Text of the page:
Chloe Benjamin, who lives in Madison, Wisconsin, spent years writing her epic novel The Immortalists, an emotional story about four siblings who learn the exact dates of their deaths from a mysterious fortuneteller. As Varya, Daniel, Klara, and Simon grow up and grow apart, this knowledge drives distinctly different journeys and forces each to question whether we control fate—or fate controls us.
This is Benjamin's second novel, and required almost five years of research and writing in neighborhood coffee shops or in her study that she shares with her husband Nathan, a communications director at the Office of Sustainability at UW Madison. Benjamin is currently working on a new project—no word on what it is yet—but she took some time to talk to us about her writing space, her multiple bookshelves, and how her normally ultra-organized personality had to surrender to the chaos of writing an ambitious novel.
When and where do you get your best writing done?
I tend to work best in coffee shops around the neighborhood because I feel like it's helpful for me to get dressed and get out of the house. I keep all of my research in the study, and sometimes will work here in the afternoon, but I move around a little bit to keep the energy going.
If creativity is such an individualized process, how did you make the shared space work for both you and your husband? Do you both work there at the same time?
Often we switch off in part just because his schedule is on campus. So he does work sometimes from home but often he's in meetings or he's at his office there. I do work in the morning best so that's usually my writing time and I try to get out of the house and go somewhere in Madison and then in the afternoon that's the time that I'm more likely to be at my desk doing media publicity or research or e-mails.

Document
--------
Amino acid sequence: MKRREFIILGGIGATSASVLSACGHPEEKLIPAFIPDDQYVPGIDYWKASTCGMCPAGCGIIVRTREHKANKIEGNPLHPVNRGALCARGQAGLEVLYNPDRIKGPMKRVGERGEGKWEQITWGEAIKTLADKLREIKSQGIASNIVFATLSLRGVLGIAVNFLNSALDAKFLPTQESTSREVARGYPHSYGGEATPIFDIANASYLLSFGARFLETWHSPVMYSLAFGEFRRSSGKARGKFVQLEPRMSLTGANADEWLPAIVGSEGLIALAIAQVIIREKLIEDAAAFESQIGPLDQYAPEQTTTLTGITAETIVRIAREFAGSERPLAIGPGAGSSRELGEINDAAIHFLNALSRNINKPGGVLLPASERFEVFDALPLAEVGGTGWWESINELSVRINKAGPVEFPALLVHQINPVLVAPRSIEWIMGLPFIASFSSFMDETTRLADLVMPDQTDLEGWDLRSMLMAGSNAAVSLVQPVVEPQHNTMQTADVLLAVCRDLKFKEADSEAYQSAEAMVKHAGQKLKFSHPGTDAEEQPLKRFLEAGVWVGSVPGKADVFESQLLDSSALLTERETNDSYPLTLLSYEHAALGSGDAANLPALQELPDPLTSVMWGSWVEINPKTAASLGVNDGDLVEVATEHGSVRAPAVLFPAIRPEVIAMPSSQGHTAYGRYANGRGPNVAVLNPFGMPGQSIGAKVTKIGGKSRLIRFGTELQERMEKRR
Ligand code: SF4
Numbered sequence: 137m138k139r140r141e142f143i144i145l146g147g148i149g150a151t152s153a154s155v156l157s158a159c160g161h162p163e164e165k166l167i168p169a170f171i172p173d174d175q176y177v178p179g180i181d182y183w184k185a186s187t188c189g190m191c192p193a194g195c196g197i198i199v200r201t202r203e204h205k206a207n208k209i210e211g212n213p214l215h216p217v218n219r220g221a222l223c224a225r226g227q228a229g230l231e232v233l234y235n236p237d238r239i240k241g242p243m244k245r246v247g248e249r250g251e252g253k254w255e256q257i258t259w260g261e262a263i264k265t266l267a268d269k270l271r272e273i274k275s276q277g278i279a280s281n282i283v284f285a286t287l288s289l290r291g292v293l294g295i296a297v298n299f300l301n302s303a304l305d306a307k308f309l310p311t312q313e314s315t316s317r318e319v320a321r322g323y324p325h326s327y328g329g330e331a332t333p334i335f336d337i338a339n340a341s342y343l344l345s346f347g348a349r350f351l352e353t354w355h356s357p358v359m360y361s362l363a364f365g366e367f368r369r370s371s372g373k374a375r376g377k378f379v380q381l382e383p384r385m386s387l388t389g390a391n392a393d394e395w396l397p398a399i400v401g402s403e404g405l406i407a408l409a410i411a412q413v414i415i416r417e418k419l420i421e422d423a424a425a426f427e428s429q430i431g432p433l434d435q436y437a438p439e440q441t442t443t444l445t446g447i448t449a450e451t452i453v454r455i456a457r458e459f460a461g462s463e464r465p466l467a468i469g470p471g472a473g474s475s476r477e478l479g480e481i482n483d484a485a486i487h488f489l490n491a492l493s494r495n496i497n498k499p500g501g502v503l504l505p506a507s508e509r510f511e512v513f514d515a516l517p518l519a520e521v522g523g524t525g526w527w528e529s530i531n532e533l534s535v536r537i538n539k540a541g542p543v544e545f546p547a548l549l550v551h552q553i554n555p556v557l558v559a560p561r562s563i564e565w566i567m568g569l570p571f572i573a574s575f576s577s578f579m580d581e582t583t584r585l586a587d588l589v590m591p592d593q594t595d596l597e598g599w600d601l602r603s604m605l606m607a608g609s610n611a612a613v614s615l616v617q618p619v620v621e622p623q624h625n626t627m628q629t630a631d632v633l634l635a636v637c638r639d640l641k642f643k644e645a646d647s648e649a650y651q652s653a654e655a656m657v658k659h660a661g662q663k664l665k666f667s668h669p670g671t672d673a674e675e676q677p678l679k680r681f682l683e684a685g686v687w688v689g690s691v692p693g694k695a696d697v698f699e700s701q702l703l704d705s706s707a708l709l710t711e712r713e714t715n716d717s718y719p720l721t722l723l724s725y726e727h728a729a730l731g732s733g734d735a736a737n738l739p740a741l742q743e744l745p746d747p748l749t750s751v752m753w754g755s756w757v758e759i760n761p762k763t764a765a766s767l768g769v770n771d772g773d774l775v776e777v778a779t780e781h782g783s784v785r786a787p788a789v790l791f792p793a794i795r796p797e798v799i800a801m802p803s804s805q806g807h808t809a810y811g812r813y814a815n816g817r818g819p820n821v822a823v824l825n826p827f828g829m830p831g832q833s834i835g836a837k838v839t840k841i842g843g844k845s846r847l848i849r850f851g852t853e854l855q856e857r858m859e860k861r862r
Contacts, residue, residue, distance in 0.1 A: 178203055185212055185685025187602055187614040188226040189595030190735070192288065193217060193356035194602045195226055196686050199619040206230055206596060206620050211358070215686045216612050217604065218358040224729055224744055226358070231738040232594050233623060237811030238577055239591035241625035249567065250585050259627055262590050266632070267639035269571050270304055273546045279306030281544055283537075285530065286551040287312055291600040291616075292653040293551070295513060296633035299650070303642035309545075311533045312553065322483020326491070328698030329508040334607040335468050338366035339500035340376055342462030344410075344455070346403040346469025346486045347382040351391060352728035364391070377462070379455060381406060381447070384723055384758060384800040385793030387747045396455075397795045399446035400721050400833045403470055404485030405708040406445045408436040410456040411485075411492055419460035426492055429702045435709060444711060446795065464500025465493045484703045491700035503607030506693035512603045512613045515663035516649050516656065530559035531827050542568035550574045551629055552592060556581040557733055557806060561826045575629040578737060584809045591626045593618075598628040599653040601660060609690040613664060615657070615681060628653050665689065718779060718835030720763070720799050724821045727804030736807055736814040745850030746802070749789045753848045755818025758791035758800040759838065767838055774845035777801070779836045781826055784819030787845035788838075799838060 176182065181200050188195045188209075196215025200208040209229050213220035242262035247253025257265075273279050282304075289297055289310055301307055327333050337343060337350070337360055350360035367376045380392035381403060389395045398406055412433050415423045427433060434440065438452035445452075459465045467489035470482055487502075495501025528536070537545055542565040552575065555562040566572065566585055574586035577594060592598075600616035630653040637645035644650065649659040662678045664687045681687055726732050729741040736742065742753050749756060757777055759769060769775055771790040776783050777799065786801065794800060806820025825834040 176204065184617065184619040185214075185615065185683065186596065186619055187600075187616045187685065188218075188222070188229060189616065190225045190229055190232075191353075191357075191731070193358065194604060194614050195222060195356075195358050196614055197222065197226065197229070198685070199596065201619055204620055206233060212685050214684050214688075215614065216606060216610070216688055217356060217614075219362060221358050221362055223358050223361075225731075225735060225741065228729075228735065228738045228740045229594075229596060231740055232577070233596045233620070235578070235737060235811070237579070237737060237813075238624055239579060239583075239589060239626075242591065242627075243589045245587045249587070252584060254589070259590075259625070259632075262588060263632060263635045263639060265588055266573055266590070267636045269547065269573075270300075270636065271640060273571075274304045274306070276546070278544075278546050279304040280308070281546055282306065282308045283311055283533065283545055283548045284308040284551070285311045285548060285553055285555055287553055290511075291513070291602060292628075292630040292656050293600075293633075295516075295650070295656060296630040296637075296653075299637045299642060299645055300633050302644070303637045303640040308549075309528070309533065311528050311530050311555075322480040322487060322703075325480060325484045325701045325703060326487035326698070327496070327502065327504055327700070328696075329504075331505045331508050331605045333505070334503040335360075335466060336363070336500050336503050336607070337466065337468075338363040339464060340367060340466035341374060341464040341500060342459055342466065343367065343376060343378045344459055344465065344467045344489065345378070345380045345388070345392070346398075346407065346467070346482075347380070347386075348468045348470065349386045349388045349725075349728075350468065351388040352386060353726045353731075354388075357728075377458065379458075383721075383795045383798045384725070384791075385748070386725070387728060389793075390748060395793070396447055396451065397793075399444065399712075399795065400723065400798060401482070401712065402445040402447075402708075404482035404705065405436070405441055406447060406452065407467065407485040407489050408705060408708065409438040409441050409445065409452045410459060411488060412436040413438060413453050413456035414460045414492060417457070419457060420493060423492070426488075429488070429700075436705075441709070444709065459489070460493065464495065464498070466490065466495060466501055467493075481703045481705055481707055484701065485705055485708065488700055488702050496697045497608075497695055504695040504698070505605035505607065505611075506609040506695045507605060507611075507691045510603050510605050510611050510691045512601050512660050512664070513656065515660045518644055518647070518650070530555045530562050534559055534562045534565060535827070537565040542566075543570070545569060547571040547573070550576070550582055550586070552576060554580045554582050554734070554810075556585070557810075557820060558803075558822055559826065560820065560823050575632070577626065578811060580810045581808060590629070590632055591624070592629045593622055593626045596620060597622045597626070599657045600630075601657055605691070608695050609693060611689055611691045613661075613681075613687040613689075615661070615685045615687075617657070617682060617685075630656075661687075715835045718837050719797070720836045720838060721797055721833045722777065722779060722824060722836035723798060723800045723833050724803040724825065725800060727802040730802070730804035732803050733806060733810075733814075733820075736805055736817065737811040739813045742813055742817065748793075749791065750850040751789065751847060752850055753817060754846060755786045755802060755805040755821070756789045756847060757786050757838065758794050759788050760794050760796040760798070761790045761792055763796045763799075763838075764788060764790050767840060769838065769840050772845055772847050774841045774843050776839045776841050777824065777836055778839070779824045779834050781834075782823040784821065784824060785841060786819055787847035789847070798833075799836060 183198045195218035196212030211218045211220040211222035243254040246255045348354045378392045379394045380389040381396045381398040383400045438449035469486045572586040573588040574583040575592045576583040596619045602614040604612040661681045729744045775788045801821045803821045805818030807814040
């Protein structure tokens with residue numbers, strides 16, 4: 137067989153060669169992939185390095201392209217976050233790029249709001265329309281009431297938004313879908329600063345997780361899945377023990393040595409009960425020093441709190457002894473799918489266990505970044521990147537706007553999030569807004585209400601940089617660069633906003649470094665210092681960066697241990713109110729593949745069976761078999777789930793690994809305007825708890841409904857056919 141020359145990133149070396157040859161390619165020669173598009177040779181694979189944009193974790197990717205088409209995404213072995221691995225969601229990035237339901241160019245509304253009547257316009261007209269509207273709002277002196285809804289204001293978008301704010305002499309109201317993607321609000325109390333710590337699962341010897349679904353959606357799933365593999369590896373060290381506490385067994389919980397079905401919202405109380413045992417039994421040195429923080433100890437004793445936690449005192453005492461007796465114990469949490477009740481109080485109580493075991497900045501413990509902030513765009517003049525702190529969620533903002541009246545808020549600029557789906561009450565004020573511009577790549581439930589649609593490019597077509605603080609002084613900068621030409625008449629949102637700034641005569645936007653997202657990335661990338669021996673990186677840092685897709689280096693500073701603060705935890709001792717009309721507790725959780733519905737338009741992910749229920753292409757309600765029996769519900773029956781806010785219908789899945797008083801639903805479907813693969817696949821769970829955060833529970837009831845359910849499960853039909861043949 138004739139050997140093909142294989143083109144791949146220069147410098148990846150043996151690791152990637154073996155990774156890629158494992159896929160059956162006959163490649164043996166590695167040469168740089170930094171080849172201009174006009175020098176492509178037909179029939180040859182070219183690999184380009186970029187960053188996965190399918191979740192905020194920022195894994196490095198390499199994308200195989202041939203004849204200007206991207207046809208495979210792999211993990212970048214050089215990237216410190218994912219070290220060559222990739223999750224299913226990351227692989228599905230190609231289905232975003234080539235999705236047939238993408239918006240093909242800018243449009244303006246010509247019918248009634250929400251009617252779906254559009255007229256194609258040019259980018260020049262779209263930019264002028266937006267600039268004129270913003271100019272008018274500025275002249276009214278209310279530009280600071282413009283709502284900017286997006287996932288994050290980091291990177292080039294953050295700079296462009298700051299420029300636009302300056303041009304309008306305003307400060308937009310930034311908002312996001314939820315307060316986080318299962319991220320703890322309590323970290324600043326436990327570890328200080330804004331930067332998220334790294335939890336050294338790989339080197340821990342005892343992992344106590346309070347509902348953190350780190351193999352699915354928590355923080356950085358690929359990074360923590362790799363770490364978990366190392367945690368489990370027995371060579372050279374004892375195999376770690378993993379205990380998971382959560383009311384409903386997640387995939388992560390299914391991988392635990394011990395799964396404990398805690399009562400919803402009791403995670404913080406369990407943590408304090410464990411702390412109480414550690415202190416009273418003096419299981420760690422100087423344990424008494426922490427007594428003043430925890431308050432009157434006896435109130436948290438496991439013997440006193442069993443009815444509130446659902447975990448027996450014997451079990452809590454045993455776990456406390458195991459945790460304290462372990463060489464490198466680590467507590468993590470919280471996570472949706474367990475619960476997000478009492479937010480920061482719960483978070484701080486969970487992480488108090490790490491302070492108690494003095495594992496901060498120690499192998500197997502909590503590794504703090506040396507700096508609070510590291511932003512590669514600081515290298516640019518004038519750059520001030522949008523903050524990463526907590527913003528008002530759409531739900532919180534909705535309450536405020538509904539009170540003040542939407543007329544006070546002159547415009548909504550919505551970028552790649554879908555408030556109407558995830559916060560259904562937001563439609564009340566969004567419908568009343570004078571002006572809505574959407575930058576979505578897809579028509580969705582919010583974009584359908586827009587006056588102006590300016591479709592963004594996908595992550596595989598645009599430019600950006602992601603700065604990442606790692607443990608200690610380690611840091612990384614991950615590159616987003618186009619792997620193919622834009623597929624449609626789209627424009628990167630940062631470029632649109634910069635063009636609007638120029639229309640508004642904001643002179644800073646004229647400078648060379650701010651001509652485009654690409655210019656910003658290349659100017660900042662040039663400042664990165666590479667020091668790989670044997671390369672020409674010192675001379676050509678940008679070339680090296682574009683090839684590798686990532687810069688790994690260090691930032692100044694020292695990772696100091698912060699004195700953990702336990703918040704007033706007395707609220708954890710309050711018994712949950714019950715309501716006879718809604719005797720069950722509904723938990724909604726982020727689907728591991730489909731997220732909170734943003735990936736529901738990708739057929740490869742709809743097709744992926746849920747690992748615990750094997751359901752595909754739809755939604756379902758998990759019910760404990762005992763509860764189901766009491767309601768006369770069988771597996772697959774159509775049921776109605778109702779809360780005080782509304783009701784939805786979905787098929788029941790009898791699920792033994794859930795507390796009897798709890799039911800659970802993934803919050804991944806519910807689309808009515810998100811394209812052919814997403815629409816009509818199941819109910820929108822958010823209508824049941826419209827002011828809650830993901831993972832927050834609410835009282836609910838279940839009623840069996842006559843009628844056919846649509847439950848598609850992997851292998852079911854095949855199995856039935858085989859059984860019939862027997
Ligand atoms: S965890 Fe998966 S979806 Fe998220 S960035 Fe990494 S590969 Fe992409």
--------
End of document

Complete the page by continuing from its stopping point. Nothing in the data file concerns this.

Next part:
Even though you work mostly in coffee shops, your desk seems curated for creativity and inspiration. What are some must-haves you keep at your desk, and specifically, what are the books you keep close by?
Those are books that I'm using for research for my current project and I'm kind of superstitious about sharing more about that project but I do like to keep them right on hand. There is a psychological element of having everything nearby, together, and safe. I also have a bulletin board on the other side—I hesitate to use "inspiration board" because it sounds very "summer camp"—and I didn't include [a photo] only because, like I said, I keep things close to my chest until they come out. But it has photographs, articles, or little doodads over the years that make me think of that current project or that feel interesting.
Could you tell me about some of the books that you had that were next to the desk when you were working on The Immortalists?
I had a bunch of great sources for that project. There was one book that was really influential for Klara's section called Hiding the Elephant, written by an illusionist and a magical historian named Jim Steinmeyer. It takes you through about 200 years of history but it also looks at the rivalries and the interpersonal conflict and dynamics between magicians over time, which was really fascinating for me. [I used] a bunch of books that helped with the research into San Francisco especially during the '60s, '70s, and '80s, specifically one called Erotic City. There was a memoir of a woman who inspired the character of Klara, Sr. in the book. Her name was Tiny Kline and she actually originated the trick the Jaws of Life.
You're very thorough—how much time do you spend researching before you can begin writing?